Mathematics Stack Exchange is a question and answer site for people studying math at any level and professionals in related fields. It's 100% free, no registration required.

Sign up
Here's how it works:
  1. Anybody can ask a question
  2. Anybody can answer
  3. The best answers are voted up and rise to the top

Let $C$ be a coalgebra, and take $c\in C$. Then $c$ is group-like if $\Delta c=c\otimes c$ and $\epsilon(c)=1_k$, and the set of group-like elements is denoted $G(C)$.

For $g,h\in G(C)$, $c$ is $g,h$-primitive if $\Delta c=c\otimes g+h\otimes c$; the set of such elements is denoted $P_{g,h}(C)$.

If $C$ is a bialgebra and $g=h=1$, then elements of $P(C):=P_{1,1}(C)$ are simply called primitive elements of $C$.

So let $\mathfrak{g}$ be a Lie algebra over a field $k$ (with char$=0$) and let $B=U(\mathfrak{g})$ be its universal enveloping algebra. Then $B$ is a bialgebra via $\Delta x=x\otimes 1+1\otimes x$ and $\epsilon(x)=0_k$ for all $x\in\mathfrak{g}$.

The claim then is that $P(B)=\mathfrak{g}$. For this to be true, we need $1\in G(B)$, meaning we need $\Delta 1=1\otimes 1$ and $\epsilon(1)=1_k$. But neither of these is true!

What's going on here? What am I missing?

share|cite|improve this question
up vote 1 down vote accepted

The unit $1 \in U(\mathfrak g)$ is indeed grouplike. Both $\Delta(1) = 1 \otimes 1$ and $\varepsilon(1) = 1$ hold because both $\Delta$ and $\varepsilon$ are homomorphisms of $k$-algebras.


Here is an example. Let $k$ be a field and let $\mathfrak g = kx \oplus ky$ be a two dimensional abelian lie algebra. So $\{x, y\}$ is a basis of $\mathfrak g$ and $[x, y] = 0$.

Now the universal enveloping algebra of $\mathfrak g$ is the symmetric algebra $S^\ast(\mathfrak g)$ modulo the commutator relations. Well, the symmetric algebra $S^\ast(\mathfrak g)$ can be identified with $k\langle x, y\rangle$, the ring of non-commuting polynomials in $x$ and $y$. The commutator relations say exactly that $x$ and $y$ commute. So when we take the quotient we get that the enveloping algebra is a polynomial ring:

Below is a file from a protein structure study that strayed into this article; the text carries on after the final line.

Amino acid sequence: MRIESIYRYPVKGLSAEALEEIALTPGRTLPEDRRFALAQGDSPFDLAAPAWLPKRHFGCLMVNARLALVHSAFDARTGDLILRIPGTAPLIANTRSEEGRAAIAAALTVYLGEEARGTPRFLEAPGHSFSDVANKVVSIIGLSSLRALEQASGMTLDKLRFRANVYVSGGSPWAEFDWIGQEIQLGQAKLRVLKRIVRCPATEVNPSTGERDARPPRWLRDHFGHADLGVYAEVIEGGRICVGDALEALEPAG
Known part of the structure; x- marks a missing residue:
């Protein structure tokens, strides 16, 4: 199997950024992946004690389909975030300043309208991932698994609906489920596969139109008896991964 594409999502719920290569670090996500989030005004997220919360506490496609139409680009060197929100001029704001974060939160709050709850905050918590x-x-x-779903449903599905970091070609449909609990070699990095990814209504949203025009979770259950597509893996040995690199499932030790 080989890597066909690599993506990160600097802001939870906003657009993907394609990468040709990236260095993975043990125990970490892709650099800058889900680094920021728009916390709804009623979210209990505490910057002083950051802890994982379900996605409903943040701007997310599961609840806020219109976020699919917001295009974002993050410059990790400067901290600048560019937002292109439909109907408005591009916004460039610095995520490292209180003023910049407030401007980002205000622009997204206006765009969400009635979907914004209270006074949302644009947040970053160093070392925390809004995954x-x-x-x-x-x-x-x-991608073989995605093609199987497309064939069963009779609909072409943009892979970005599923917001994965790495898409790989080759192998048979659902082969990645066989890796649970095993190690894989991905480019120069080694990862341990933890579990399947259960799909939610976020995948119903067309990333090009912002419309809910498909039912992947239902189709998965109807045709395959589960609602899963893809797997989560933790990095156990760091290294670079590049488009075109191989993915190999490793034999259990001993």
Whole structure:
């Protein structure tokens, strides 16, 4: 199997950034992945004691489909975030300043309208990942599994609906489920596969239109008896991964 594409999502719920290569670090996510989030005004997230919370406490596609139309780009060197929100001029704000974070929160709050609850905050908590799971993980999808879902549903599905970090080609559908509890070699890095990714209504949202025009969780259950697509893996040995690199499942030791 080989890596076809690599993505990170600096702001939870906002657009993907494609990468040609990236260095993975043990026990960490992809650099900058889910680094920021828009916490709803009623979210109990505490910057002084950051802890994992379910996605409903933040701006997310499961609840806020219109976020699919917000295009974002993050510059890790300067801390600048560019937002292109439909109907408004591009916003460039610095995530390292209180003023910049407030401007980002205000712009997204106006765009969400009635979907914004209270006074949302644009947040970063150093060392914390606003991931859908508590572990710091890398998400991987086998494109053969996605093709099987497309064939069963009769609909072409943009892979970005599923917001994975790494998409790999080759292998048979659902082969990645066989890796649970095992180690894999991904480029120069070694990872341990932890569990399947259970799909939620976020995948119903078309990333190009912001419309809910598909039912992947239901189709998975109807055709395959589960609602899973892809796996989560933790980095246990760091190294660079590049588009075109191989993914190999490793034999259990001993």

$U(\mathfrak g) = k[x, y]$

The inclusion $\mathfrak g \subseteq k[x, y]$ is the obvious, it's the span of $x$ and $y$ in $k[x, y]$ so the map

$\Delta\colon k[x, y] \to k[x, y] \otimes_k k[x, y]$

is an algebra map defined by $x \mapsto x \otimes 1 + 1 \otimes x$ and $y \mapsto y \otimes 1 + 1 \otimes y$.

This does not mean that those formulas hold for all elements of $k[x, y]$.

For example $\Delta(xy) \neq xy \otimes 1 + 1 \otimes xy$. Instead we compute $\Delta(xy)$ as:

$\begin{align*} \Delta(xy) &= \Delta(x)\Delta(y) \\ &= (x \otimes 1 + 1 \otimes x)(y \otimes 1 + 1 \otimes y) \\ &= xy \otimes 1 + x \otimes y + y \otimes x + 1 \otimes xy \end{align*}$

Now if you think about the degree's of the polynomials you'll see that if $\Delta$ is defined this way then a polynomial $f$ satisfies $\Delta(f) = f \otimes 1 + 1 \otimes f$ if and only if $f$ is homogeneous of degree $1$, i.e., if $f \in \mathfrak g \subseteq k[x, y]$.

share|cite|improve this answer
But I don't see how. By definition, $\Delta(1)=1\otimes 1+1\otimes 1$ and $\epsilon(1)=0$. – Bey Feb 2 '13 at 19:56
No, by definition $\Delta(x) = x \otimes 1 + 1 \otimes x$ and $\varepsilon(x) = 0$ for all $x in \mathfrak g$. The algebra $U(\mathfrak g)$ is generated by $\mathfrak g \subseteq U(g)$ so to specify an algebra map you need only specify it's value on the generators. I will edit my answer with an example which might make things clearer. – Jim Feb 2 '13 at 20:44
Ah I see. I was mistakenly thinking that the $1$ in $\mathfrak{g}$ is the same as the $1$ in $U(\mathfrak{g})$. – Bey Feb 2 '13 at 21:08
Lie algebras don't have a $1$. – Jim Feb 4 '13 at 4:42

Your Answer


By posting your answer, you agree to the privacy policy and terms of service.

Not the answer you're looking for? Browse other questions tagged or ask your own question.